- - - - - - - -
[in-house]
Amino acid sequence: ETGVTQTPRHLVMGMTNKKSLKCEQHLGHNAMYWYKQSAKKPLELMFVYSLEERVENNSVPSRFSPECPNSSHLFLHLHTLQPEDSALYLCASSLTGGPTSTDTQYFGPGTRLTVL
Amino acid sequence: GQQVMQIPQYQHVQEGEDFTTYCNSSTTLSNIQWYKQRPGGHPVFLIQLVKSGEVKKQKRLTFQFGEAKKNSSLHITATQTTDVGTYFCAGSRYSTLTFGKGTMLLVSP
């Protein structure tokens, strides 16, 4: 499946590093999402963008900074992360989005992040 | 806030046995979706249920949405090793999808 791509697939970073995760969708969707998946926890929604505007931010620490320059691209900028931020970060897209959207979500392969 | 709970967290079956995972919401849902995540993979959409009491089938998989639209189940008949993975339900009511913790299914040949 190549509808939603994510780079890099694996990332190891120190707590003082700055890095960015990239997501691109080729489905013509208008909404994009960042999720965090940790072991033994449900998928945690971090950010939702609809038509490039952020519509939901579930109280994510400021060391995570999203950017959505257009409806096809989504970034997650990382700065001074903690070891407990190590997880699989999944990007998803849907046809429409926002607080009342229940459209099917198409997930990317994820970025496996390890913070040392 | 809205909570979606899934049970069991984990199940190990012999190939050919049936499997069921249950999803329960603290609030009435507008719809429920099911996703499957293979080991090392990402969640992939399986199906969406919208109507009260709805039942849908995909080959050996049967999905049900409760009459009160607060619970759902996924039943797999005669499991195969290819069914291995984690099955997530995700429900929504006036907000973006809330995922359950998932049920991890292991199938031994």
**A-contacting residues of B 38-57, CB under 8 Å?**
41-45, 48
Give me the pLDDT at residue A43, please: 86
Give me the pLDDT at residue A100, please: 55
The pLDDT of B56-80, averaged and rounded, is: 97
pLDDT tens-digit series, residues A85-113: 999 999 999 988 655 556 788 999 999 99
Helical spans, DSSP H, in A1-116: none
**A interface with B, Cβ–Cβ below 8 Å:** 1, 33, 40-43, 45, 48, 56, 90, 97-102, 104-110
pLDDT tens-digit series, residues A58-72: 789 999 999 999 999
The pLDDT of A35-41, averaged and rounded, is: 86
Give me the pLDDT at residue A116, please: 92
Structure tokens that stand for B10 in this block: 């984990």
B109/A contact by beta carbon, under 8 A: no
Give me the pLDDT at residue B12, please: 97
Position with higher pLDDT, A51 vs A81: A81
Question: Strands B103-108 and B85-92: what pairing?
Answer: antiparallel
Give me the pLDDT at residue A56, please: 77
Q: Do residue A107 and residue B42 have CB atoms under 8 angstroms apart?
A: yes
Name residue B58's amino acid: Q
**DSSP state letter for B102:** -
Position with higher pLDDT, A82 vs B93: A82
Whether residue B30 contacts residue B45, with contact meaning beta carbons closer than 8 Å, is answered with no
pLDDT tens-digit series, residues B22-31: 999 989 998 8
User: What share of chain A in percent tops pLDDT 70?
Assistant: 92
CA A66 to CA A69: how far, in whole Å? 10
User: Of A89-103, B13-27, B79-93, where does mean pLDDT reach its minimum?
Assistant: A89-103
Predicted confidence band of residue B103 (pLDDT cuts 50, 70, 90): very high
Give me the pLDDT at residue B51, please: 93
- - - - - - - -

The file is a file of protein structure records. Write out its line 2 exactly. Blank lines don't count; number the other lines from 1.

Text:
Amino acid sequence: ETGVTQTPRHLVMGMTNKKSLKCEQHLGHNAMYWYKQSAKKPLELMFVYSLEERVENNSVPSRFSPECPNSSHLFLHLHTLQPEDSALYLCASSLTGGPTSTDTQYFGPGTRLTVL